Tuesday, Aug. 19, 2008 | Gaylord Entertainment’s proposal for a massive hotel/convention center on the Chula Vista bay front — which a year ago was pronounced dead — has been quietly inching forward in recent months, with those close to the billion-dollar deal showing renewed optimism that it will actually happen.
Touted in recent years as the best chance for redevelopment of the beleaguered bay front to come along in a generation, the proposal still faces many hurdles — from a raft of environmental issues to a tanking economy. And if a deal does end up coming together, the project will be built years later than originally planned.
But interviews with key players indicate that last summer’s bare-knuckled and very public fight between Gaylord and local union leaders over the use of union labor on the project was not the death knell many thought it was.
Officials from the Port of San Diego and Chula Vista, as well as Nashville-based Gaylord’s CEO Colin Reed, have said recently that they are optimistic about a deal being hammered out, even if it does end up taking considerably longer than they had envisioned it would two years ago.
“They said ‘[People in San Diego] are making comments that could affect our company, I’m not sure we should do business here,’” said Chula Vista Mayor Cheryl Cox, describing the executives’ reactions last year. “But they came back quietly a month later.”
The environmental impact report for Chula Vista’s Bayfront Master Plan — which includes the Gaylord project — continues to move along. The public comment period, an important step, ended this month, and Port spokeswoman Irene McCormack characterized the comments as substantial, but nonetheless, manageable.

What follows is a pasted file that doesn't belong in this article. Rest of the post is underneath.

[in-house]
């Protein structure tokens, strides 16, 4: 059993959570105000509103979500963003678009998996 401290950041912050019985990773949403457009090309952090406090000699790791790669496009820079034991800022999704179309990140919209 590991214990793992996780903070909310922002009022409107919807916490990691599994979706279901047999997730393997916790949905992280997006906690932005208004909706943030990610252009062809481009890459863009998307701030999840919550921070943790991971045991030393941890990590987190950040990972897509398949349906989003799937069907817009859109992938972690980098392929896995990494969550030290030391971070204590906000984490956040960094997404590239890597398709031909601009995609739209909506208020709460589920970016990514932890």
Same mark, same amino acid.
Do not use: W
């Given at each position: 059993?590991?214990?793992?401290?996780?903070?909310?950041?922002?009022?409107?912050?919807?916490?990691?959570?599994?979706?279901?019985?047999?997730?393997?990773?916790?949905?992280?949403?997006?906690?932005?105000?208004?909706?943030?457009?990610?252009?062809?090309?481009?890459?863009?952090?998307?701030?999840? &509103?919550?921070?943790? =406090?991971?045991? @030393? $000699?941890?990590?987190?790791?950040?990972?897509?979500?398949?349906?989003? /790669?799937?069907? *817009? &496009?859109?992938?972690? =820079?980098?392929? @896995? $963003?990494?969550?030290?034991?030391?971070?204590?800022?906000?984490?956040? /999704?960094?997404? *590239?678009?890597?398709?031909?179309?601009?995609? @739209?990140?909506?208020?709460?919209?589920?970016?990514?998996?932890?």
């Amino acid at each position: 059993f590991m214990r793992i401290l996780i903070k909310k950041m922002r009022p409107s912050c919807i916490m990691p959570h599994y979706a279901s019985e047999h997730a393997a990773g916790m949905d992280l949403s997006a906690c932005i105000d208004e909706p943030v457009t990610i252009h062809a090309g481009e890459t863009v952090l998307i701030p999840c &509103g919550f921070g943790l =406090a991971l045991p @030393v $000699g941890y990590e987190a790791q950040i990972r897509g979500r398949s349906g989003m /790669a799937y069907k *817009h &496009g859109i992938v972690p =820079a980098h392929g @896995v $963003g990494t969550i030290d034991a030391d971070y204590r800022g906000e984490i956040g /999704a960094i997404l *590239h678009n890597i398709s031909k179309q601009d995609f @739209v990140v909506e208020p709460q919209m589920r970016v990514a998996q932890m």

She said officials are hopeful that the Port Commission will certify the document before the end of the year. Closely following that action should be a lease agreement between the port and Gaylord, McCormack said. Then the project would go before the California Coastal Commission, and in a best-case scenario, Gaylord could be breaking ground by 2010, and opening by 2013.
When Gaylord first proposed the project in 2006, it was scripted for a 2011 opening.
“We are making good progress,” Cox said. “We are being methodical and meticulous.”
They are also being much quieter than they were last summer when a stalemate between Gaylord and the unions concerning whether the project would be built under a “project labor agreement” boiled over into an all-out public relations battle that ended badly for all involved.
Cox said Gaylord, which had become accustomed to being welcomed with open arms by communities where it had built projects in recent years — namely Grapevine, Texas, and Orlando — was not prepared for the thrashing it received by opponents in San Diego County.
The unions demanded an agreement that would mandate a union workforce during the construction of the project. Gaylord initially said no to any such agreement, but later offered a modified agreement that would call for union labor on the project, but give the company the power to decide which workers would be union and which would not.
Gaylord executives were said to come off like out-of-town suits trying to impose their values on a local community; while union leaders were seen by many as selfish obstructionists who were torpedoing the city’s chances of bringing in a bona fide jobs generator.
Meanwhile, Chula Vista officials — most notably Cox — were accused of being incapable of doing what they were elected to do, namely bring divergent groups together for the common good.
The nadir came in early July 2007 when Gaylord announced it was abandoning the project, saying it was killed by the unions’ “unwavering and unreasonable demands.” A month later the unions rejected what was termed a “last ditch” effort by Gaylord to reach an agreement.
“We aren’t talking to Gaylord anymore,” said Tom Lemmon, business manager of the San Diego County Building and Construction Trades Council on Aug. 1 of last year.